The entry and the rapid rise of Mike Bloomberg in the Democratic primaries is something to behold. The Democrats at the moment are dealing with a double Trump-like outsider insurgency that had previously torn through the Republican Party in 2016. On the one hand (perhaps the left hand), there is the ultimate anti-establishment candidate Bernie Sanders, a self-admitted (and proud) socialist and perhaps the most left-wing person to run for one of the top two jobs since the similarly pro-Soviet Henry Wallace. Bernie – not a Democrat; he sat in the Senate as an independent – galvanises a not insubstantial minority of radicals on the far left of the Democrats and the American politics generally; he terrifies the majority (or at least the plurality) of the Democrats who, for all their other faults, are not communists. On the other hand (the right hand, but that’s only relative) there is the arch-establishment candidate Mike Bloomberg. Mini Mike is likewise not a typical Democrat; he switched his party registration before being elected as a Republican mayor of New York but became independent half way through his second term. He enrages the left of the Democratic Party who hate him as a billionaire blow-in; he also no doubt annoys the party establishment and all the other remaining candidates, who are party people of long standing and resent the intrusion. Yet Mike might still buy his way to the nomination; most Dems will vote for him if they see him in the end as the best bet for getting rid of the Orange Man in the White House (it’s an interesting question though, should Bloomberg be the candidate, whether the pro-socialist 25 per cent of the party base will be able to bring themselves to vote for a very wealthy capitalist or whether the Never Bloom forces decide to sit this one out – and thus likely give Trump the second term by default).
The irony of the increasing Democrat support for Bloomberg (I’m also guessing he would be the preferred candidate of the small but vocal rump of the Never Trump Republicans and ex-Republicans) is absolutely exquisite. Here, after all, is the man who really embodies everything that the Democrats accuse Trump of and hate him for – and yet, they will pull that lever down with all the hypocritical passion to put their Trump in office. Consider the “similarities”:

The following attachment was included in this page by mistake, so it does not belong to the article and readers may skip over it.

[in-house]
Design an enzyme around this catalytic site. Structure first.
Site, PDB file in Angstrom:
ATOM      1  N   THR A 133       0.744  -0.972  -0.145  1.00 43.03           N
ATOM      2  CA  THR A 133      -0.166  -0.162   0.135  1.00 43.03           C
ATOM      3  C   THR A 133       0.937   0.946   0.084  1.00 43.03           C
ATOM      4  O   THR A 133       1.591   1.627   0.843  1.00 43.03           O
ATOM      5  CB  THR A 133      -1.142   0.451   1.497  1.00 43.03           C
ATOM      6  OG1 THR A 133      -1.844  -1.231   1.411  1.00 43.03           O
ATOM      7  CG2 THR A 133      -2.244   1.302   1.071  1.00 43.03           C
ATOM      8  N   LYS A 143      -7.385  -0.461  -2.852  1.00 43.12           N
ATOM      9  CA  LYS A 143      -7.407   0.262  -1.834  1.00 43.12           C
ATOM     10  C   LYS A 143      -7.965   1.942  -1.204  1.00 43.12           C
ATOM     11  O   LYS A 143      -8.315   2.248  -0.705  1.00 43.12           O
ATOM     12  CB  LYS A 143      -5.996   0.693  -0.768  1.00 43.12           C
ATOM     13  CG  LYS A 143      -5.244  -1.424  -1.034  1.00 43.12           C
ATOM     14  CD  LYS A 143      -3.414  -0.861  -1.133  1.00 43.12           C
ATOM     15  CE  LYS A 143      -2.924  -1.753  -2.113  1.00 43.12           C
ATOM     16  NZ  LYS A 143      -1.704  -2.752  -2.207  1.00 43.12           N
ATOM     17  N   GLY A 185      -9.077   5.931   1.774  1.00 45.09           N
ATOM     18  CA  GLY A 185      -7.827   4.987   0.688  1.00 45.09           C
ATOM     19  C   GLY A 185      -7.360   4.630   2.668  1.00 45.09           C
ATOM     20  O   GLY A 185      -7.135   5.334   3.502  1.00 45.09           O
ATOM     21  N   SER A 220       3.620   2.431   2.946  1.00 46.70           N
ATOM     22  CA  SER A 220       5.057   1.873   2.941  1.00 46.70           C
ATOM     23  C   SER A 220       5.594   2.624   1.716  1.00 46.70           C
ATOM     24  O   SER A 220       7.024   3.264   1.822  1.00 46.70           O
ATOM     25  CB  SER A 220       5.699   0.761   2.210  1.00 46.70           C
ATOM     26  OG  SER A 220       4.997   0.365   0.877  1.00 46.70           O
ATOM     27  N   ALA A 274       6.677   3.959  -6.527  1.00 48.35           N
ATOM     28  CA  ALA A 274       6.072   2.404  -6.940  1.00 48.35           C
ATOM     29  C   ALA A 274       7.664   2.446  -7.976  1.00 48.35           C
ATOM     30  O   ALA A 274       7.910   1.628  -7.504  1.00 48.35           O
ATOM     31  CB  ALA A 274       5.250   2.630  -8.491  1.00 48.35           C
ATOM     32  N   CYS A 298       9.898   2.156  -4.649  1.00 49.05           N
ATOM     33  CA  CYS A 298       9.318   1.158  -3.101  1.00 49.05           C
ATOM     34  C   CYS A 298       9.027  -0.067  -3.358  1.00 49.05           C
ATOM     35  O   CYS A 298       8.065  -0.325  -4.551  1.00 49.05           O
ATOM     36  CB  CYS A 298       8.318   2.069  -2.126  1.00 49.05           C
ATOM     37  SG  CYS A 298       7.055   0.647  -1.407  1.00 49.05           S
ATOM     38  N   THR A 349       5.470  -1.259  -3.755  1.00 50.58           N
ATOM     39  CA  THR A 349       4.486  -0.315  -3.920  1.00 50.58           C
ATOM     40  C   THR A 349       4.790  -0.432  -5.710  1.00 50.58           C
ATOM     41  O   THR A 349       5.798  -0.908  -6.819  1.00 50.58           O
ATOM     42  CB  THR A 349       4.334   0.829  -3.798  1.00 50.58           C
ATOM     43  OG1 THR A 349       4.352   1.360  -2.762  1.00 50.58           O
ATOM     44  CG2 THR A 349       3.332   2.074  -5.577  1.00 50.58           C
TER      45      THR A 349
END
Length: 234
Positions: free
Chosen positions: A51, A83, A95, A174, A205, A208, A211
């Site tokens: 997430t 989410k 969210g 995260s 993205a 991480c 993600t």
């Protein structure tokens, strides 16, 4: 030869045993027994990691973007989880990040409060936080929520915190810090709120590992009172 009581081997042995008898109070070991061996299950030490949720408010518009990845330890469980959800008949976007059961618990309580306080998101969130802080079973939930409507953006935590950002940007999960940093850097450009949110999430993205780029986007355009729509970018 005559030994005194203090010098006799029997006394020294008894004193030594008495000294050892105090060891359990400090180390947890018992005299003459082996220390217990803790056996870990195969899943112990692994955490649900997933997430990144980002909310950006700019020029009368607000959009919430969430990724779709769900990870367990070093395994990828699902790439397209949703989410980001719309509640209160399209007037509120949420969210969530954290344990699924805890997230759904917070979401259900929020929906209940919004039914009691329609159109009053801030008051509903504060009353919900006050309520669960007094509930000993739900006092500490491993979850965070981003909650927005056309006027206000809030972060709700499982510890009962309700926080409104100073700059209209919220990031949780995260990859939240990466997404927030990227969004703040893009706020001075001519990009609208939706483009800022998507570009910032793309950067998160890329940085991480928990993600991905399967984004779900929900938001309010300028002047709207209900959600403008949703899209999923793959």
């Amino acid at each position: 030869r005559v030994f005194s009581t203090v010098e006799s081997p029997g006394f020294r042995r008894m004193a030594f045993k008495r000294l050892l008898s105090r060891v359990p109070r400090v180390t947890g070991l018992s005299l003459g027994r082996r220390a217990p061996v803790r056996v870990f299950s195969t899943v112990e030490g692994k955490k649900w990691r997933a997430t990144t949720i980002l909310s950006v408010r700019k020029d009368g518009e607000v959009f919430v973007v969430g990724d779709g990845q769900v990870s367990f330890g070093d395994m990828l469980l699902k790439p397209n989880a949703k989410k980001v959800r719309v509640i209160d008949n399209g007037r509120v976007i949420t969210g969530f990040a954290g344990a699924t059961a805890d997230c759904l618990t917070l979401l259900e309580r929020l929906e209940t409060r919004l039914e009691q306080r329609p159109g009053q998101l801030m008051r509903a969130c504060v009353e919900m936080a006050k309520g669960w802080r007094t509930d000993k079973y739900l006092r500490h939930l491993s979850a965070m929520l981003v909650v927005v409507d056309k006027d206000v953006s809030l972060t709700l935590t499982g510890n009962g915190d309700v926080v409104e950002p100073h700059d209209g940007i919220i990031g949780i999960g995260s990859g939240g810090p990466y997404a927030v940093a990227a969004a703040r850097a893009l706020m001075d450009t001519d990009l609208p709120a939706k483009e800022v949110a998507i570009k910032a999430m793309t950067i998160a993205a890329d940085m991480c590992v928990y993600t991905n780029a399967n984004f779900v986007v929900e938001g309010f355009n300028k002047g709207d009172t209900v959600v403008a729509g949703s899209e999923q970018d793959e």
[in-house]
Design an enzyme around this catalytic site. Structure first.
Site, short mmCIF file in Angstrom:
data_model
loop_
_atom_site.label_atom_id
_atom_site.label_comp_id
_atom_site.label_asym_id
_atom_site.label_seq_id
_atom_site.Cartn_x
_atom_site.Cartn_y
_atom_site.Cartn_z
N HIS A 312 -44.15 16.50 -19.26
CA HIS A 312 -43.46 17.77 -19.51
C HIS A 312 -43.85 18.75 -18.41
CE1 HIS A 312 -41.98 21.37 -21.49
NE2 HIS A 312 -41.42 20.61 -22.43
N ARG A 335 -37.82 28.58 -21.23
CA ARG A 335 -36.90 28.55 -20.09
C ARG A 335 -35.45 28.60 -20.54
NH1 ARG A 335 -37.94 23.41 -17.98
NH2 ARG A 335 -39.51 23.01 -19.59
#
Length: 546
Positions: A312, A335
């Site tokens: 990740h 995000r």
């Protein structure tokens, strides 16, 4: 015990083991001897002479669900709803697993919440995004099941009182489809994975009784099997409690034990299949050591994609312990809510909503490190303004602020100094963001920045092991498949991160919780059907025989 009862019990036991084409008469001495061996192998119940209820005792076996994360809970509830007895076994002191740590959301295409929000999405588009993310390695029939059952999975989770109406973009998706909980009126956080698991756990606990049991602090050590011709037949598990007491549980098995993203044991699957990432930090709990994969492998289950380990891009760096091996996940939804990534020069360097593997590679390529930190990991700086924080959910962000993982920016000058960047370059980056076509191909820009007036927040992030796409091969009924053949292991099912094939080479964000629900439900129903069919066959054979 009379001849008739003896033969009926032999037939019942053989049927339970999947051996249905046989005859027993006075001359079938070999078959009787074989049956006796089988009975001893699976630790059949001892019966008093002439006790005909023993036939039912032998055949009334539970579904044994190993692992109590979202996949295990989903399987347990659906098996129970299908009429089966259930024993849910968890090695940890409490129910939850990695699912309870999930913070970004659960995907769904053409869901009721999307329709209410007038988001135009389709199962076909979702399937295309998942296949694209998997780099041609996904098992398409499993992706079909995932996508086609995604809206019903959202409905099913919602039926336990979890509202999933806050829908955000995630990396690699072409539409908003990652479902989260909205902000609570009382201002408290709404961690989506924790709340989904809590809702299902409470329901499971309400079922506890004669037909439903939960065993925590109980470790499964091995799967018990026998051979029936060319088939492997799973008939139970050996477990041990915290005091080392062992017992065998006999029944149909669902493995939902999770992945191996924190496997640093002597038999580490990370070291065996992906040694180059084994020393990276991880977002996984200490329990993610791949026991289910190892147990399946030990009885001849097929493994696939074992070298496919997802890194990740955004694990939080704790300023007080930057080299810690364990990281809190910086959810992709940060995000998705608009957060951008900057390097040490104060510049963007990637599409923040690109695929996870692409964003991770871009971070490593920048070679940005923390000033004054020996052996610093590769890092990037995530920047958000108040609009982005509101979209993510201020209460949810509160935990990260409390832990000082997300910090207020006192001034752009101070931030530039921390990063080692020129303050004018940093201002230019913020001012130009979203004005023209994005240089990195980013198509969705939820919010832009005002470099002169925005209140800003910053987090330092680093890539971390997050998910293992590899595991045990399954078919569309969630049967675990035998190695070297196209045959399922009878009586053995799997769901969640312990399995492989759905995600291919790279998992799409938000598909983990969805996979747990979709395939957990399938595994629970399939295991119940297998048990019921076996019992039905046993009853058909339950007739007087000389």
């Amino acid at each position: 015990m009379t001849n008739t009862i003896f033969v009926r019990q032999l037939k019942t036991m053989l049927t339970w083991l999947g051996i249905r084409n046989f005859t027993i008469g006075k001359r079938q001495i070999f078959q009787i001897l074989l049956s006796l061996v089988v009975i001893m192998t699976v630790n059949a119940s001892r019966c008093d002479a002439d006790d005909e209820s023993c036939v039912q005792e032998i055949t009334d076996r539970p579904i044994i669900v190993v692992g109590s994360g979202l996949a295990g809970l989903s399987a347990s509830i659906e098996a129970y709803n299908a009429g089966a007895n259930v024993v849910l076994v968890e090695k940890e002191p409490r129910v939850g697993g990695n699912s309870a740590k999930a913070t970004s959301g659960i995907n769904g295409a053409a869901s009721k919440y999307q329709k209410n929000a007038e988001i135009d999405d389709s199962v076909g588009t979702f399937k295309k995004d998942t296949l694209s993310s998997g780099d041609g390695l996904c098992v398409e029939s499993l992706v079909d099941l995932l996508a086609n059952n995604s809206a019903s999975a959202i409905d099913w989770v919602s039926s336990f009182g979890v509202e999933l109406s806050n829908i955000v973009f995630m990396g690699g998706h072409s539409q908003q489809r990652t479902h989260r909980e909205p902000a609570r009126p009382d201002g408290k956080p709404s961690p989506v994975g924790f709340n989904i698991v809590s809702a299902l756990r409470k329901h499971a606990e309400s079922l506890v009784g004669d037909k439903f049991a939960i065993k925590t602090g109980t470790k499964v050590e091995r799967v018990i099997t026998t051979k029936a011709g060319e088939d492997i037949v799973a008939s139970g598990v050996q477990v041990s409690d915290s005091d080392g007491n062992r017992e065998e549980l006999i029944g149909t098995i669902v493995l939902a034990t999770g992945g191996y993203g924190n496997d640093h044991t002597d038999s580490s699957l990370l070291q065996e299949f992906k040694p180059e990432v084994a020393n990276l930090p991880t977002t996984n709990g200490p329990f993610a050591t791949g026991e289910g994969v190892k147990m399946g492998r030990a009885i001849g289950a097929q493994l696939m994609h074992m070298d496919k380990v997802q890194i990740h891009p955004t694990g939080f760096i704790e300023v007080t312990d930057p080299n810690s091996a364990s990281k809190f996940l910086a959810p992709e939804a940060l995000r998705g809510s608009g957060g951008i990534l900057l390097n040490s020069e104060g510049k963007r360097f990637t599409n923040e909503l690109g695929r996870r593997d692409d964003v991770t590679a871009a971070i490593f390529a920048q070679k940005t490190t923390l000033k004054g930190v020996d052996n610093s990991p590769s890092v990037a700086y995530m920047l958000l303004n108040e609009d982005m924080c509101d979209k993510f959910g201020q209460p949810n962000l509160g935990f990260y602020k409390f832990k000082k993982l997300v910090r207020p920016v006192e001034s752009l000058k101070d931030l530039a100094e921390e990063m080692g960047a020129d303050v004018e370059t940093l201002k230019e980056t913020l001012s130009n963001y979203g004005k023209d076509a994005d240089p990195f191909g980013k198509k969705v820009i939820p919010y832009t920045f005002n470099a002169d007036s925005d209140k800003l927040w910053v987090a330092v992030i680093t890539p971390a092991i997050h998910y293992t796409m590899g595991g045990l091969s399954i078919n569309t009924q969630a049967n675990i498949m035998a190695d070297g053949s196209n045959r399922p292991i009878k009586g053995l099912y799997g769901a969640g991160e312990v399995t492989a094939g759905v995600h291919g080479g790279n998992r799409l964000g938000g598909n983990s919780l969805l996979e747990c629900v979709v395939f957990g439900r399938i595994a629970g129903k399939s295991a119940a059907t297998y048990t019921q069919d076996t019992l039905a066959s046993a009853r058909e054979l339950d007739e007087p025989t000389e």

A big city billionaire cynically buying his way to the White House – tick. Trump benefited from a massive donation-in-kind from the mainstream media, which provided him with billions of dollars’ worth of free air time; Bloomberg actually looks to spend hell of let more of his own money that Trump ever did (closing in on $400 million already).
Beholden to a foreign power – tick. For all the fantasies of the Russian collusion and Trump being “Putin’s puppet” (variously either because Trump admires authoritarians or the Russians have a “kompromat” on him or because of his business interests in or with Russia) there has been virtually nothing in the Trump presidency that can be construed as pro-Russian (with the possible exception of the Syrian policy). By contrast, Bloomberg’s business interests in China are so substantial, both the man himself and his media empire have been bending over backwards not to offend Beijing in any way. According to Bloomberg, China’s Xi Jinping “is not a dictator” because he is “responsive” and will go all out to silence heretics (“I am one of the many women Mike Bloomberg’s company tried to silence through nondisclosure agreements. The funny thing is, I never even worked for Bloomberg. But my story shows the lengths that the Bloomberg machine will go to in order to avoid offending Beijing. Bloomberg’s company, Bloomberg LP, is so dependent on the vast China market for its business that its lawyers threatened to devastate my family financially if I didn’t sign an NDA silencing me about how Bloomberg News killed a story critical of Chinese Communist Party leaders. It was only when I hired Edward Snowden’s lawyers in Hong Kong that Bloomberg LP eventually called off their hounds after many attempts to intimidate me.”)
Sexist pig – tick. The stories are legion, many subject to legal proceedings.
Racist scum – tick. At least to the extent of his commentary around “stop and frisk” policies or the employability of minorities would create 24/7 media maelstroms of outrage had their been uttered by Trump.
Disrespectful of large sections of population – tick. See his comments about farmers (“I could teach anybody, even people in this room, no offense intended, to be a farmer. It’s a process. You dig a hole, you put a seed in, you put dirt on top, add water, up comes the corn.”) and those working in manufacturing, contrasting them to new tech jobs which require more “grey matter”. At least he was rude about farmers for whom the Democrats don’t give a piece of fertiliser.
Authoritarian tendencies – tick. Bloomberg’s first instinct is to ban things, though again that’s a plus with the Dems. His musings that older people should be denied medical care on a cost-benefit basis is somewhat more chilling, and again, if expressed by Trump would no doubt generate days of media outrage and comparisons to Hitler’s eugenics program.
This is pretty much while I refuse to be lectured on morality, ethics or civility by the left – and so should you. As Glenn Reynolds is fond of saying, if they didn’t have double standards they would have no standards at all.